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Studies support fast track for Roche breast cancer drug: FDA

Gianluca Colla | Bloomberg | Getty Images

Trial data on Swiss drugmaker Roche's breast cancer treatment Perjeta supported a faster approval of the drug for use in early stages of the disease, reviewers for the Food and Drug Administration said Tuesday.

Roche is seeking approval for Perjeta as a neoadjuvant, or initial, treatment for early stage breast cancer patients whose cancer cells contain increased amounts of the HER2 protein.

A neoadjuvant treatment is given in the beginning to shrink a tumor before the main treatment. Perjeta, also known as pertuzumab, is currently approved as a first-line treatment for metastatic breast cancer.

If approved, Perjeta, to be used in combination with Roche's older breast cancer drug Herceptin and chemotherapy drug docetaxel, would be the first neoadjuvant breast cancer treatment approved by the FDA.

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The agency is trying to set up a new, faster approval process for early-stage breast cancer drugs, including a proposed new clinical goal known as pathologic complete response (pCR), to support approval. Pathologic complete response is defined as absence of invasive cancer in the breast.

"FDA analysis of the Neosphere study showed statistically significant improvements in pCR rates by both the study and FDA-preferred definitions," FDA staff said in the briefing documents.

If considered in the neoadjuvant setting under the pCR pathway, an approval could come four years earlier than if the company were forced to wait for data from an ongoing trial expected in 2016, said Dietmar Berger, vice president of clinical development at Roche's Genentech unit.

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About 220,000 people are diagnosed with early breast cancer in the United States each year. Of these, the company estimates that about 15,000 currently receive neoadjuvant treatment.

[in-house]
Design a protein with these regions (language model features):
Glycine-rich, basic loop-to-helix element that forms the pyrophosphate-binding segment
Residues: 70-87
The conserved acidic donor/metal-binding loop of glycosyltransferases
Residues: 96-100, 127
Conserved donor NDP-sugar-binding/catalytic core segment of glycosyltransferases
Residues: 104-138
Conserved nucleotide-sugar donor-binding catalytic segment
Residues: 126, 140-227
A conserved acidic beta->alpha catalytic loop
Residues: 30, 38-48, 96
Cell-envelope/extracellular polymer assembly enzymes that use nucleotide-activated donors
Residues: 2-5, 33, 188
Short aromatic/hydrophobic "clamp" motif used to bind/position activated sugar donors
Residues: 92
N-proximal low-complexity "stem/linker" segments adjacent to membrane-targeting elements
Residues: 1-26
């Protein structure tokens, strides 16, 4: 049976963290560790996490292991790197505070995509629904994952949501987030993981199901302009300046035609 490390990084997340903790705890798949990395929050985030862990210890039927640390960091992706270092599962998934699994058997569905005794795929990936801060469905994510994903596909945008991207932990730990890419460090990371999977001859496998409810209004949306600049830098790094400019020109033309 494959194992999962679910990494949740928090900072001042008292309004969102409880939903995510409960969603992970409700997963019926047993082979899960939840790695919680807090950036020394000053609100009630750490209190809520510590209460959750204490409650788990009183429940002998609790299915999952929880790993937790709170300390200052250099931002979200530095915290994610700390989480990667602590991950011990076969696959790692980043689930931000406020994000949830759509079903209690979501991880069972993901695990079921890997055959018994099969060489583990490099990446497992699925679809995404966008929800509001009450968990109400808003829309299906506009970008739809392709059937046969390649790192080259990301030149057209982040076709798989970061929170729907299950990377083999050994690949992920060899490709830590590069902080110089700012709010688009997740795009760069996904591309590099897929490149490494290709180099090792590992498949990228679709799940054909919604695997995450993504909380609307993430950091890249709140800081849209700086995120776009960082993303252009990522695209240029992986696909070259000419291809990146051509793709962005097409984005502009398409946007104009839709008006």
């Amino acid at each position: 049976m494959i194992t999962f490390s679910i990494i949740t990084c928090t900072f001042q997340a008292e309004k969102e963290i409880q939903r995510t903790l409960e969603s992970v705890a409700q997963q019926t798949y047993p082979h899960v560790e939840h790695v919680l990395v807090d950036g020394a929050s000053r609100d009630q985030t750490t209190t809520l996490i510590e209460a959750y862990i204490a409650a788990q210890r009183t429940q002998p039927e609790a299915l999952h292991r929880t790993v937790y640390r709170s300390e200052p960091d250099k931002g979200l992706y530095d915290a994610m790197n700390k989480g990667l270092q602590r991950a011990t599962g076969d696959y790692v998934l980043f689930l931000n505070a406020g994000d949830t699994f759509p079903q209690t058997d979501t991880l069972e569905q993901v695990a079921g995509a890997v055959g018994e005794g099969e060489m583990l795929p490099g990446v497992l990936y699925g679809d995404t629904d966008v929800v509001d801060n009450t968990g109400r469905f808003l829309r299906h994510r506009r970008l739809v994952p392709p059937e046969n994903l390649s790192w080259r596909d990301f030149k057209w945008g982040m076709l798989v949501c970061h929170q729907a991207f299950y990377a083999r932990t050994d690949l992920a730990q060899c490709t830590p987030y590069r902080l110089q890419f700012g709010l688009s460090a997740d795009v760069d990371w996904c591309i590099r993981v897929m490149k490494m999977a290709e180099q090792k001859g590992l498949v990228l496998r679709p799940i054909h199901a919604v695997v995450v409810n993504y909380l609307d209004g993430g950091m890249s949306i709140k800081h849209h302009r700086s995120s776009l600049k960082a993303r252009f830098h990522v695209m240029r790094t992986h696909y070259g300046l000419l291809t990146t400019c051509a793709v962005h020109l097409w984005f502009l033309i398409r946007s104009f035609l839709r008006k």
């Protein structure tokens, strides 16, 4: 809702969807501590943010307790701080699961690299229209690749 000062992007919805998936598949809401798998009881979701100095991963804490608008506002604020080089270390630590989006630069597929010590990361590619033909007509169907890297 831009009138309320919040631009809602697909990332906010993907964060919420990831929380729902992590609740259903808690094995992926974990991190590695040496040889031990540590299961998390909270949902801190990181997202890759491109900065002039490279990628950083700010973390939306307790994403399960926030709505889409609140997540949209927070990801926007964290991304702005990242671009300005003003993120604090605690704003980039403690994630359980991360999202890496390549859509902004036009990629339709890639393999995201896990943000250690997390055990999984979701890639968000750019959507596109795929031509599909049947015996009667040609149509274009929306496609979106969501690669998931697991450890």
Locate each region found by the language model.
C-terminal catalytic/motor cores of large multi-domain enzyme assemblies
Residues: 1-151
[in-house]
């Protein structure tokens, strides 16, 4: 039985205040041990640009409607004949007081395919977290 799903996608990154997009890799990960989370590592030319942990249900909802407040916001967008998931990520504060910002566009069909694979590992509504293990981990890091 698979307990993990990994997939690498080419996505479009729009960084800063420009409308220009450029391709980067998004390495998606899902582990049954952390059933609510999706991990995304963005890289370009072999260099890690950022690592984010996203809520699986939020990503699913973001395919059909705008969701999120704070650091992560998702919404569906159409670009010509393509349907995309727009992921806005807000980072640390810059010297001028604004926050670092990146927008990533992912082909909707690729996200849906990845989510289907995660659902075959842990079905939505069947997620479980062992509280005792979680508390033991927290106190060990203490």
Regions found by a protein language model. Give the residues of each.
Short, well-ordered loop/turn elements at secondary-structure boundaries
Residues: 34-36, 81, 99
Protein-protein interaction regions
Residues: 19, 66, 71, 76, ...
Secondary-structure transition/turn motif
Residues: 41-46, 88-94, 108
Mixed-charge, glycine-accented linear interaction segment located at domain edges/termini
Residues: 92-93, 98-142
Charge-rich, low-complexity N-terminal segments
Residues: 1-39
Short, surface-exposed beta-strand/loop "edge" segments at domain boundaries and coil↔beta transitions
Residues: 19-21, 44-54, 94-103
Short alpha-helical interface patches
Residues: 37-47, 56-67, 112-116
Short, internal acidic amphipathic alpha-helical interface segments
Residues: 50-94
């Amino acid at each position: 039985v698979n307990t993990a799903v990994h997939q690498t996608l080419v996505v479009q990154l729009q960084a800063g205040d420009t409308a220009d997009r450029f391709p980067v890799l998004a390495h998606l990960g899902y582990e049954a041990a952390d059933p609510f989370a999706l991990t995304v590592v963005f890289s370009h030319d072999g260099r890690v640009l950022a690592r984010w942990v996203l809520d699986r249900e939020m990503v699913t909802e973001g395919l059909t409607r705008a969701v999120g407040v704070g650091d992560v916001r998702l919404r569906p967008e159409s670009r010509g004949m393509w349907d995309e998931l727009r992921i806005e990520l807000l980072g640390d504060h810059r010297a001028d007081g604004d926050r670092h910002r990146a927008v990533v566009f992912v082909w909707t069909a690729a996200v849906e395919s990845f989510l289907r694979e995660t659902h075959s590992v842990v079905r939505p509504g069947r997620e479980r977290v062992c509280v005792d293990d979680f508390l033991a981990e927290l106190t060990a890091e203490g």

However, the reviewers added that an analysis found that while pCR has clear prognostic value for individual patients, an association between pCR and long-term outcome could not be confirmed at a trial level.

"Since there is uncertainty regarding the ultimate long-term efficacy and safety of drugs approved under this pathway, long-term follow-up with confirmation of clinical benefit will be needed," the reviewers said.

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Since there are no approved neoadjuvant breast cancer treatments, there is technically no standard of care. However, the majority of people who currently receive neoadjuvant treatment for HER2-positive early breast cancer receive Herceptin and chemotherapy.

A panel of independent advisors to the FDA will review Perjeta's risks and benefits on Thursday. The FDA, which takes the panel's recommendations into account, is expected to decide on the drug's approval by Oct. 31.

—By Reuters.

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